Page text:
Something historic just happened in my home state of Connecticut. The Connecticut General Assembly's Labor and Public Employees committee moved forward a bill that would create a state-wide system of paid family and medical leave, with bipartisan support.
This incredible accomplishment reinforces that paid family leave is not a partisan issue, it's a family issue. Both Democrats and Republicans tout that they support family values, and what's more central to family values than allowing workers to care for their families while maintaining their economic security?
When the Family and Medical Leave Act (FMLA) passed in the early '90s, that was a historic moment too. But as time went on it became clear that FMLA has not kept up with current workforce needs. Many people aren't eligible for FMLA and for those who are, most can't take it because it's unpaid. That means that too many people are struggling to care for a new baby, a sick loved one, an aging parent, an injured service member or for their own critical illness.
According to Merriam-Webster, family values are defined as "values which are held to promote the sound functioning of the family and to strengthen the fabric of society." How can a family function when a child gets cancer and his/her parents don't have paid time off from work to be with their child when they're needed the most? How can a family function when they welcome a new baby into their lives but are forced back to work without enough paid time off to truly bond with their child? How can a family function when a mother is juggling caring for her elderly parent and dependent child while working full-time with no paid time off?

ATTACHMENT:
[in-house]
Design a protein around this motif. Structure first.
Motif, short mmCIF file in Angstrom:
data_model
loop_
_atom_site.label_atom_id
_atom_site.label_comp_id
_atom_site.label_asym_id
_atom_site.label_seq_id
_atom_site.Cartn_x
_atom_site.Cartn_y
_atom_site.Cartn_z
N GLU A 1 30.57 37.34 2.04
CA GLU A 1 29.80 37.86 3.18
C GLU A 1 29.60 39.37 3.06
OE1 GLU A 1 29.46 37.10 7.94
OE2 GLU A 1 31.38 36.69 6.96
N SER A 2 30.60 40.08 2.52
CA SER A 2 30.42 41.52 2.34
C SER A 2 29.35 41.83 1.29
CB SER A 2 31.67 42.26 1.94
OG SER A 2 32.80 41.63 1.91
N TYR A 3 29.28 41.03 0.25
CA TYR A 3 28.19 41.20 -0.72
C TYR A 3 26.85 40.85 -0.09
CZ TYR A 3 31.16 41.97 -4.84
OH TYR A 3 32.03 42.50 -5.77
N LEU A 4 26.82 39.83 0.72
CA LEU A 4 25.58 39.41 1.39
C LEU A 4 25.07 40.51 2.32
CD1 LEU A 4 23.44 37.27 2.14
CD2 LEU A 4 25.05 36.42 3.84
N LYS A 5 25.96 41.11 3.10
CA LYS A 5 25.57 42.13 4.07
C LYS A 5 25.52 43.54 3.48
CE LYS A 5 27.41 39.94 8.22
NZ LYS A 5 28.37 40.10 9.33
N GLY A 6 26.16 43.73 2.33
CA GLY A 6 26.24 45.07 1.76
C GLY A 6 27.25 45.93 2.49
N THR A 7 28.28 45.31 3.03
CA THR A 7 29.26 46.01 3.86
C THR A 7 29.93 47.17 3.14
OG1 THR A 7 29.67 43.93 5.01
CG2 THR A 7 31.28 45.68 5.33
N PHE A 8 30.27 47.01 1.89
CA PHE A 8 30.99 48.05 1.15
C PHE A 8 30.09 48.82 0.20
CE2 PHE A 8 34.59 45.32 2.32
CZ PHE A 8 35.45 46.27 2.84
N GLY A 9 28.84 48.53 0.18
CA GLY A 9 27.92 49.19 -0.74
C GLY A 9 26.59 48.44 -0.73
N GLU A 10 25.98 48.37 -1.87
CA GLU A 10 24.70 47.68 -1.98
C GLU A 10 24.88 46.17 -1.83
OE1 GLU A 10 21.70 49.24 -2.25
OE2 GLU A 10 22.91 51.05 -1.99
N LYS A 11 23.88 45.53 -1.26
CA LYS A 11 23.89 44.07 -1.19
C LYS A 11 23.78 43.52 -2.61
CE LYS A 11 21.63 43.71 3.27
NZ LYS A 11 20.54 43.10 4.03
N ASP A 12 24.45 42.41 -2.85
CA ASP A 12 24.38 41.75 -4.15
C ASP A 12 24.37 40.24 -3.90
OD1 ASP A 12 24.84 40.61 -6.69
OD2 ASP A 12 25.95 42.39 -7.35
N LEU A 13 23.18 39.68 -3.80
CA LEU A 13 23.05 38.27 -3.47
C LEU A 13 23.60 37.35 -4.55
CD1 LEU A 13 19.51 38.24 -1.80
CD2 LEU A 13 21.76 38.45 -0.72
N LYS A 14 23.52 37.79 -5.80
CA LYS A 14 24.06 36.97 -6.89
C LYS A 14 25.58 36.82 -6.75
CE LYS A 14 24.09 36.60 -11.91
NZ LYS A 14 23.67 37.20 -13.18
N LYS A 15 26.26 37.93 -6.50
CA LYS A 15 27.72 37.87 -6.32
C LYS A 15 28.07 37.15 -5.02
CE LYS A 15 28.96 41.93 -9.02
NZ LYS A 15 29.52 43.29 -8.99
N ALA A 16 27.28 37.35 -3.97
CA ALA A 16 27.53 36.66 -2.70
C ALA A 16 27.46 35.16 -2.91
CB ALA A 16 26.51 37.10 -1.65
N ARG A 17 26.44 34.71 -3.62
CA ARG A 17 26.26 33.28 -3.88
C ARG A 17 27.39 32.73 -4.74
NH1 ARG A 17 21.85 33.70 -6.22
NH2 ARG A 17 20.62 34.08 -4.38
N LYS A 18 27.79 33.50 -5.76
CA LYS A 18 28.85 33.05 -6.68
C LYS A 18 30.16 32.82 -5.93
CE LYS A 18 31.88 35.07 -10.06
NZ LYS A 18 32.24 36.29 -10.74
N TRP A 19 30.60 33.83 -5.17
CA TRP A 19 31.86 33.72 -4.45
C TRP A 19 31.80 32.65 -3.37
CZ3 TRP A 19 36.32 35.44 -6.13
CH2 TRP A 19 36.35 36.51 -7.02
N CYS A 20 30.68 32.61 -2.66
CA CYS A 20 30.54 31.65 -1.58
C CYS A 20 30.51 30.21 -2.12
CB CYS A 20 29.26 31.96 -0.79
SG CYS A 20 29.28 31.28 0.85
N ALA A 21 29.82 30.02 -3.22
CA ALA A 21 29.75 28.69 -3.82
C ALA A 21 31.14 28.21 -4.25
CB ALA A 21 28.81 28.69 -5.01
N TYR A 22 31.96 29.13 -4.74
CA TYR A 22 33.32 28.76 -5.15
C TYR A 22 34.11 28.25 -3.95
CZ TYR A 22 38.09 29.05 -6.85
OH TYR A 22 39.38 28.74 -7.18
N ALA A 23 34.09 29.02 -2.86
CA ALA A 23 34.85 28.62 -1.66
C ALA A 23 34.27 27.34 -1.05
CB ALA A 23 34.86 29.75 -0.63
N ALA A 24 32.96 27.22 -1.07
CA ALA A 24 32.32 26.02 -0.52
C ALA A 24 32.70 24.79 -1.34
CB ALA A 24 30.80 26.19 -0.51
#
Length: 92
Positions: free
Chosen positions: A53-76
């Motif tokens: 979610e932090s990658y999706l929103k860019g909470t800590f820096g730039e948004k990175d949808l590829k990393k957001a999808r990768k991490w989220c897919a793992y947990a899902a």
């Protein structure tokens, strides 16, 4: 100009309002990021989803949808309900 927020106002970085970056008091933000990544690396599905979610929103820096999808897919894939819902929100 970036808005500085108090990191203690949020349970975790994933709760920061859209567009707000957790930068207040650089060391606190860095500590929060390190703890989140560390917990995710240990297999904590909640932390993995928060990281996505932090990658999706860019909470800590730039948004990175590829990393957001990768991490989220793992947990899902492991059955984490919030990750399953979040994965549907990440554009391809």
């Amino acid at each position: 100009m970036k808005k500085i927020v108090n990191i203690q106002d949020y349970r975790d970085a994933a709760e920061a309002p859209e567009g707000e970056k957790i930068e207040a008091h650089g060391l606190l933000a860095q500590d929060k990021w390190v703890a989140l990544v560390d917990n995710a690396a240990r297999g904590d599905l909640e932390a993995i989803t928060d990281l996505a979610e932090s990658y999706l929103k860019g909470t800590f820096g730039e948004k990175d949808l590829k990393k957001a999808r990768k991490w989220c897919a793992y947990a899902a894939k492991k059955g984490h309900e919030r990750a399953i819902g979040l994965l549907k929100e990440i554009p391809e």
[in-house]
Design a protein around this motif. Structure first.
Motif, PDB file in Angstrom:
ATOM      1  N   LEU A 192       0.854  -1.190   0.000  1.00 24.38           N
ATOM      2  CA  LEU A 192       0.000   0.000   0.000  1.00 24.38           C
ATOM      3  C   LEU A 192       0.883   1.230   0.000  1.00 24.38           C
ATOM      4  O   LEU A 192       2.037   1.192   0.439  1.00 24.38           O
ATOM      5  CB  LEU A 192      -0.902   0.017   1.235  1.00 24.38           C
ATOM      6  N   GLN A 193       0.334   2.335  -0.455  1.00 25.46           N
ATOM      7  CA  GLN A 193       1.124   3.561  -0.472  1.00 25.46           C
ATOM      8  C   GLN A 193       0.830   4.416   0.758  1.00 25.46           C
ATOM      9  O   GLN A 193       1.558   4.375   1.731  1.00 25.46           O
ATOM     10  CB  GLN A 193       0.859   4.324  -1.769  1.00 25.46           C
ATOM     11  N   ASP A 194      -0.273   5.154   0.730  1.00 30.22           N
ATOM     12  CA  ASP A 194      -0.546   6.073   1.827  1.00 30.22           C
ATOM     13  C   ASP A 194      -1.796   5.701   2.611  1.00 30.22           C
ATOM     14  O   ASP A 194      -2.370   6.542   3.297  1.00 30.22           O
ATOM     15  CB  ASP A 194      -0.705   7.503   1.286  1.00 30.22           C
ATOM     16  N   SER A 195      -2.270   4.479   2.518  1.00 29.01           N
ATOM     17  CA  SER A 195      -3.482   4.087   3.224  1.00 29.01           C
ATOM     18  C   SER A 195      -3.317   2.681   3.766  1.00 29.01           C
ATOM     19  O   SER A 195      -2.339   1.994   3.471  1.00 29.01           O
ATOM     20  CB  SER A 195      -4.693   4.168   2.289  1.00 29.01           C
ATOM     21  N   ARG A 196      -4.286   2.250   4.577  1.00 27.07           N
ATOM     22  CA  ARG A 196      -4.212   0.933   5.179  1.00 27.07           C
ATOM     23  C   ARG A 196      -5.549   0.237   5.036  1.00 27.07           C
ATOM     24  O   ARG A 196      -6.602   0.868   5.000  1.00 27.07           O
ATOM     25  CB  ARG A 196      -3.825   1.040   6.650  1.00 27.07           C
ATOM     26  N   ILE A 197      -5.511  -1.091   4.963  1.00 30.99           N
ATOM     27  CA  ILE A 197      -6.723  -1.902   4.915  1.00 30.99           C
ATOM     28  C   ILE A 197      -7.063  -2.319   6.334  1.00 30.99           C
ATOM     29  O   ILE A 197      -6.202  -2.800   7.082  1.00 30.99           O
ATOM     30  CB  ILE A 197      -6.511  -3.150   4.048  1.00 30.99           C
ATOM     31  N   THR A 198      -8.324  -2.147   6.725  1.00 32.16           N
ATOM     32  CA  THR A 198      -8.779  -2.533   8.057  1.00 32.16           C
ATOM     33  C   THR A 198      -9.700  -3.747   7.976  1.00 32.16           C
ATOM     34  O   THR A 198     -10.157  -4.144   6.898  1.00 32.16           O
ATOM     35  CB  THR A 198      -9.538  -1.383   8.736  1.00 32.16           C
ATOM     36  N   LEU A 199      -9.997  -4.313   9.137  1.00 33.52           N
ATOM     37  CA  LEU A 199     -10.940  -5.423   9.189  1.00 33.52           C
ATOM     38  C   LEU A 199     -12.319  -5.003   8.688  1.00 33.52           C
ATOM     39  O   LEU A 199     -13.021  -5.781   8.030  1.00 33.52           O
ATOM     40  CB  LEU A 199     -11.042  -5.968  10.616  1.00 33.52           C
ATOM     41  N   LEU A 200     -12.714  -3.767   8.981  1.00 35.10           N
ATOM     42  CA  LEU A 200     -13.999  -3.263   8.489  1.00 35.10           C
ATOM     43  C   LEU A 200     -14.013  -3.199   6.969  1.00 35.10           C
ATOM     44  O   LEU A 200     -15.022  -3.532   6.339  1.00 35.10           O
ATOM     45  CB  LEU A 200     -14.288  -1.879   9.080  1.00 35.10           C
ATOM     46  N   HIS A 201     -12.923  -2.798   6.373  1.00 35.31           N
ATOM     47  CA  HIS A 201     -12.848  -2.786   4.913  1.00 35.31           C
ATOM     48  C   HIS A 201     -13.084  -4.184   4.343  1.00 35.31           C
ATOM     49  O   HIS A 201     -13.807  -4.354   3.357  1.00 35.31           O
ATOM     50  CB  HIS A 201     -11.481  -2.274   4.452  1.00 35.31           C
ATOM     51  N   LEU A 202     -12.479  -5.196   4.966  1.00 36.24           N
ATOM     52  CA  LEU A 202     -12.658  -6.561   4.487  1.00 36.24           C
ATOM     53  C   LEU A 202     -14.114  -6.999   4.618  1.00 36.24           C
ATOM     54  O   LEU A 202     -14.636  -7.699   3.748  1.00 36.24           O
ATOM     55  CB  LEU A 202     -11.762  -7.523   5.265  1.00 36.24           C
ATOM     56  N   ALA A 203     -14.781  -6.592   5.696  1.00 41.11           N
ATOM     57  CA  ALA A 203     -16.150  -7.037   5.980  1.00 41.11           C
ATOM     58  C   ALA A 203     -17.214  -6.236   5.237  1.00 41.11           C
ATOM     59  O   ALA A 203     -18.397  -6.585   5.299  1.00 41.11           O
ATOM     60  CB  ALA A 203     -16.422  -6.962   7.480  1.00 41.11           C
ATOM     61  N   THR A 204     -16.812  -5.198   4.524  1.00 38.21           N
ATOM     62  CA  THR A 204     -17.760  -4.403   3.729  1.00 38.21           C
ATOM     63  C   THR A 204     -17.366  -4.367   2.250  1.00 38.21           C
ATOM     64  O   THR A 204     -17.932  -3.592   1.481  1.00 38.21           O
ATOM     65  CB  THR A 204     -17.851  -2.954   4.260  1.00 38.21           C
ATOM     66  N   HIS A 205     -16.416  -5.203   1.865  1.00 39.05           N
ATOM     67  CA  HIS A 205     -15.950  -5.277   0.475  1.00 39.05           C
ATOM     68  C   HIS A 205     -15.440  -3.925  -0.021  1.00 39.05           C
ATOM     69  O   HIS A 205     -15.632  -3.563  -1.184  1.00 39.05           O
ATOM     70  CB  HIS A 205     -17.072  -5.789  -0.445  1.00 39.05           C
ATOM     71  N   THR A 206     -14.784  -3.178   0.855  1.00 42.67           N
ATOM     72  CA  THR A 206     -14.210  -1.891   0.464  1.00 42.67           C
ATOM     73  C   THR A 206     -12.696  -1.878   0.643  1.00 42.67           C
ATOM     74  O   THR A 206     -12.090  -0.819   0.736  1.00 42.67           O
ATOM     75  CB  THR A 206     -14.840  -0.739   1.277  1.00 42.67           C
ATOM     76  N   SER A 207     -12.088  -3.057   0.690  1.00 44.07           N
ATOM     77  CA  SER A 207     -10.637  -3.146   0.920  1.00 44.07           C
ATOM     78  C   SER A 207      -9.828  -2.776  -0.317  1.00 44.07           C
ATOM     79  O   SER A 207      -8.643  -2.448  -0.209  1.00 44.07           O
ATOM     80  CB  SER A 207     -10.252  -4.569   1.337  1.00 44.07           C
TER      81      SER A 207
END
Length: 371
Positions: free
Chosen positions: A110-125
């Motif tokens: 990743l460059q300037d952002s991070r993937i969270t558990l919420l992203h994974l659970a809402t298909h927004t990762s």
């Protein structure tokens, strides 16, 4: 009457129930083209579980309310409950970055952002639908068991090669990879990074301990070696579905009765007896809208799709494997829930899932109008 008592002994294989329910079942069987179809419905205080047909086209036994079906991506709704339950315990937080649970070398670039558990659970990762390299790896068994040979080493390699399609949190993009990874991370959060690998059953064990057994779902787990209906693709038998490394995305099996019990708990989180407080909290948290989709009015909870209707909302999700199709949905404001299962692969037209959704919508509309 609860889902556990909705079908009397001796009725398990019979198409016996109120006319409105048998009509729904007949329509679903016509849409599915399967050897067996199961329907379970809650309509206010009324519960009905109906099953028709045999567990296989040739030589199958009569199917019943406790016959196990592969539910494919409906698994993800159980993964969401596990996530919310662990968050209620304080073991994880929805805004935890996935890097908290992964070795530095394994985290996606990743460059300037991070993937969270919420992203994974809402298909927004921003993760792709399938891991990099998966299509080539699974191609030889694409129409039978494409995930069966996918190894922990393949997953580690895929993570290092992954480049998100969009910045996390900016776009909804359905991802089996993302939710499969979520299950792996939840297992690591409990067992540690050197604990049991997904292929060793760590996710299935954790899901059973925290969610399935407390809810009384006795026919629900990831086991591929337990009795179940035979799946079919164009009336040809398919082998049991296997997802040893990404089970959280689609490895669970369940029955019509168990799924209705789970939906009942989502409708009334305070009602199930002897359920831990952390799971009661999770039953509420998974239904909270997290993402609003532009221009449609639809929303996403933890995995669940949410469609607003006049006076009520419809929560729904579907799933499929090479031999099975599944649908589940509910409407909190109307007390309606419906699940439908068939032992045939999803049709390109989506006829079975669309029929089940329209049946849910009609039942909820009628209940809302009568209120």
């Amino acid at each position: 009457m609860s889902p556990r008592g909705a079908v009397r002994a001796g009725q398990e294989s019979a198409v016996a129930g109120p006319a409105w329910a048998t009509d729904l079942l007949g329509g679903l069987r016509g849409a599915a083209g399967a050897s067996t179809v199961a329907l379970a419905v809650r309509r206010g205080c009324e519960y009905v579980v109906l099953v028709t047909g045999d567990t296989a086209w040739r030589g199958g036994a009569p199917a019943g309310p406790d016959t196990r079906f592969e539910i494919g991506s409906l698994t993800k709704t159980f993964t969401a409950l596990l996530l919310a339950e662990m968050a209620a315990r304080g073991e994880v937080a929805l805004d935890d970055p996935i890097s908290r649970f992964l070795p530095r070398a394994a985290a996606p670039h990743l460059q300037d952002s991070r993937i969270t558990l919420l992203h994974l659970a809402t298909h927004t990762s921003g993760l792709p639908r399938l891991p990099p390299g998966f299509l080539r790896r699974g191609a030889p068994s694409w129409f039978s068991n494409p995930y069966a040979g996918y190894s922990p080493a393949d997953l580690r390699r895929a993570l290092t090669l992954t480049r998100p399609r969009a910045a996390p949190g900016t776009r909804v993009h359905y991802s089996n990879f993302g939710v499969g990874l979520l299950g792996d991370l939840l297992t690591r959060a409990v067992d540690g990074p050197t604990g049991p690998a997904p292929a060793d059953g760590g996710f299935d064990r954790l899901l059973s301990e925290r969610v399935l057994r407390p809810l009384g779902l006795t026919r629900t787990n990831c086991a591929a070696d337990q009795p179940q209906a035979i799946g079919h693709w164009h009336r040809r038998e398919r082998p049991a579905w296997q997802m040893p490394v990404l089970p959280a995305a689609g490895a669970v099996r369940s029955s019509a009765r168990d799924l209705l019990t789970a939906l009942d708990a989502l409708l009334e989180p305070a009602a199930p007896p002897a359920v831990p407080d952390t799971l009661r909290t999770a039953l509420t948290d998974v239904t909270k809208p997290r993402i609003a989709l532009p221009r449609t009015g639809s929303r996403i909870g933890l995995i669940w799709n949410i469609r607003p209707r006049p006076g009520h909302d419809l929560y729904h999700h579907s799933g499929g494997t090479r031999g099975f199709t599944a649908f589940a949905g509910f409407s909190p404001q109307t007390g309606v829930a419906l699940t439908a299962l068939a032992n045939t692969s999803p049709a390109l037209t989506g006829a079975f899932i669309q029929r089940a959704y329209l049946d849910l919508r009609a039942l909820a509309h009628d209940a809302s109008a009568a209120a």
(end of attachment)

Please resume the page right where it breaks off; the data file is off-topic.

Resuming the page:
To truly "strengthen the fabric of society" policies that support family values in the workplace are critical. If we want to have strong, vibrant families and thriving, competitive businesses, it makes sense to provide workers with paid family and medical leave. When workers know that they will have the time they need to care for their families in a time of joy or a time of sorrow and hardship, they are more productive and less stressed at work.
Happy, supported employees mean better outcomes for businesses and for families. Paid family leave is a moral issue that, in Connecticut, appeals to legislators on both sides of the aisle. It was a proud moment to see both Democrats and Republicans voting for legislation that would immeasurably help families in the state to be successful, both at work and at home.
Michelle Noehren is the Events & Special Projects Director at the Connecticut Permanent Commission on the Status of Women.